Breakfast at Tiffany’s and Three Stories by Truman Capote

Breakfast at Tiffany’s (A Short Novel and Three Stories), Truman Capote, Modern Library, 1958

“She isn’t a phony because she’s a real phony. She believes all this crap she believes.”

BREAKFAST AT TIFFANY’S

SPOILER ALERT ⚠

2 Stars

Rating: 2 out of 5.

Book – Breakfast at Tiffany’s (A Short Novel and Three Stories)

Breakfast at Tiffany’s is actually Truman Capote’s collection of one novella and three short stories. As such, the book should be rated for all tales included, which were underwhelming. Over the years, I’ve lost my tolerance for pretentious writing, and despite Capote’s earthiness, never once did I shake that feeling of pretentiousness.

Breakfast at Tiffany’s

Here, a young writer looks back on the year or so when he lived near and loved a girl named Holly Golightly. Holly’s a beauty who runs around with wealthy men so they can take proper care of her.

The unnamed narrator whom Holly refers to as “Fred” (that’s her brother’s name, so Holly has clearly defined what kind of relationship they have, whatever his ambiguous sexuality may be) admits to loving Holly numerous times, but it’s not so much an erotic love as one filled with worship. “Fred” thinks to himself: “As I read each glimpse I stole of Holly made my heart contract.” Holly bathes naked in front of him, calls him “Maude” (I suppose “Nellie” would have been rude?). and the narrator readily admits to having been in love with women, men, and once an entire family. Here everyone’s sexuality is fluid; it’s all a matter of price.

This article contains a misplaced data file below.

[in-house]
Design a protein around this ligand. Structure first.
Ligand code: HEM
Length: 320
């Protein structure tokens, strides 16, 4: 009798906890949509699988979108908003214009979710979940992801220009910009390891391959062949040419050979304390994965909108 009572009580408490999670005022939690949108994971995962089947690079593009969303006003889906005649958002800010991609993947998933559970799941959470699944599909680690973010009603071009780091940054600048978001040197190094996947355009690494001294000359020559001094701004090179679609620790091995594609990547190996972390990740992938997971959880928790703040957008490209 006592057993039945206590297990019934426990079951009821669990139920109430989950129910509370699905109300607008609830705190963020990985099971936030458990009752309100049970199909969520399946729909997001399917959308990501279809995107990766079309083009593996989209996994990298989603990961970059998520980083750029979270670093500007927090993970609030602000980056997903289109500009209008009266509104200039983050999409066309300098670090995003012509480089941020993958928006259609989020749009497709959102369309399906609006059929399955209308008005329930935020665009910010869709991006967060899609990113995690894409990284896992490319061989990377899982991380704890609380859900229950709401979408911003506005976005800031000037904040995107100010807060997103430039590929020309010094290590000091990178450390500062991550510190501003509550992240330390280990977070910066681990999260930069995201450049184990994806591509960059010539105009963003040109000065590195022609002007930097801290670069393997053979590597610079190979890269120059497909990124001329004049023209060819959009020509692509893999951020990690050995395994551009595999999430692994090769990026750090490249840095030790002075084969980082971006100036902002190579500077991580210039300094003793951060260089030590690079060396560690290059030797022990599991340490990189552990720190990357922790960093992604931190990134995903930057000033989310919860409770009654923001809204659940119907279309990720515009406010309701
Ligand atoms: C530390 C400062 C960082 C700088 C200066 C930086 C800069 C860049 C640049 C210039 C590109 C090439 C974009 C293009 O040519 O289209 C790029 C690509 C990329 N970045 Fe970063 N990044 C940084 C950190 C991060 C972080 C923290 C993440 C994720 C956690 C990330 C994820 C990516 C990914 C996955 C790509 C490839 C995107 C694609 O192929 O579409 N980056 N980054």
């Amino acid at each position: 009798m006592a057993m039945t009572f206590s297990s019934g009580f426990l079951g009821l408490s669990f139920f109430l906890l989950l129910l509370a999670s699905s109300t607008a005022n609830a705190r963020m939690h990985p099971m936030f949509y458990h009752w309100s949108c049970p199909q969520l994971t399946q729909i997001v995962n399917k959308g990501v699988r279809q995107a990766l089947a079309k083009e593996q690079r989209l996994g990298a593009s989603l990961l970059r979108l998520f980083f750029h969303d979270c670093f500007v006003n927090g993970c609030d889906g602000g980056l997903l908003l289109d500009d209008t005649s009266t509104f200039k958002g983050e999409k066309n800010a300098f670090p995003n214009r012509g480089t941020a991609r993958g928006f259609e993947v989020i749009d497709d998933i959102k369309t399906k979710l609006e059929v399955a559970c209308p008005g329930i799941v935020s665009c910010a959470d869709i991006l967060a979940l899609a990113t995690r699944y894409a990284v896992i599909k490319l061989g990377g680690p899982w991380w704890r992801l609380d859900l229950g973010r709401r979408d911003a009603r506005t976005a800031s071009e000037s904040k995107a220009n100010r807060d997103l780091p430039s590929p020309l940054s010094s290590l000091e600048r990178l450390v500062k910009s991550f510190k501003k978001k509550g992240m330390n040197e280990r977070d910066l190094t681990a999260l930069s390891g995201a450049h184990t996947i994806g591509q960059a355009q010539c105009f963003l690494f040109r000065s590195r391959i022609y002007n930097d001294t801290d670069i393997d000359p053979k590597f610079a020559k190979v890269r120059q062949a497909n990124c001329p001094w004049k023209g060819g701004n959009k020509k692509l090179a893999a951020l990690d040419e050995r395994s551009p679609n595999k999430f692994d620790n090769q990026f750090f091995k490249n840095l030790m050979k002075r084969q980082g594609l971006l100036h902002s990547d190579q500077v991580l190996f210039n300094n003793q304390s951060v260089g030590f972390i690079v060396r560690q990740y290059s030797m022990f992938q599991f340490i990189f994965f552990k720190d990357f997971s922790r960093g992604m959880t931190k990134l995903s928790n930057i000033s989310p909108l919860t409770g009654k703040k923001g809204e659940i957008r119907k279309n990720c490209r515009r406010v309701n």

On to the story. Really, there’s very little of it. Holly gets paid for her company, wears sunglasses indoors, and speaks French to impress. The players include an array of millionaires, models, wealthy diplomats, and mobsters. What a bunch of poser and phonies they all are. Oh, but Holly is a special type of phony, as one character says: “She isn’t a phony because she’s a real phony. She believes all this crap she believes.”

Holly Golightly is the forbear of the women of reality TV, fake, pretentious, and avaricious. She’s a good-time girl who insinuates she might dole out intimate favors for some cash, but most of the time pats her man on the cheek with a platonic “Goodnight, darling.” Capote himself wrote that Holly was “a modern-day Geisha.” No need to wrap it up in fancy euphemisms. I’d prefer a “prostitute” who’s honest with herself about who she is and what she does. Contrary to what Capote wrote, Holly is never honest with herself.

I don’t care if Hollywood toned down the story and made it into a sappy romance; at least that movie was charming.

Also, there’s a lot of rough talk that could be viewed in the modern perspective as hateful and loathsome. I can imagine shocked readers of “The New Yorker” (where the novella was originally published) being titillated by the sexual and racial references. I personally do not view 60-year-old works through a modern lens so I didn’t give a crap. The vulgar flavor bored me. Overlook the vulgarity and there’s not much else there.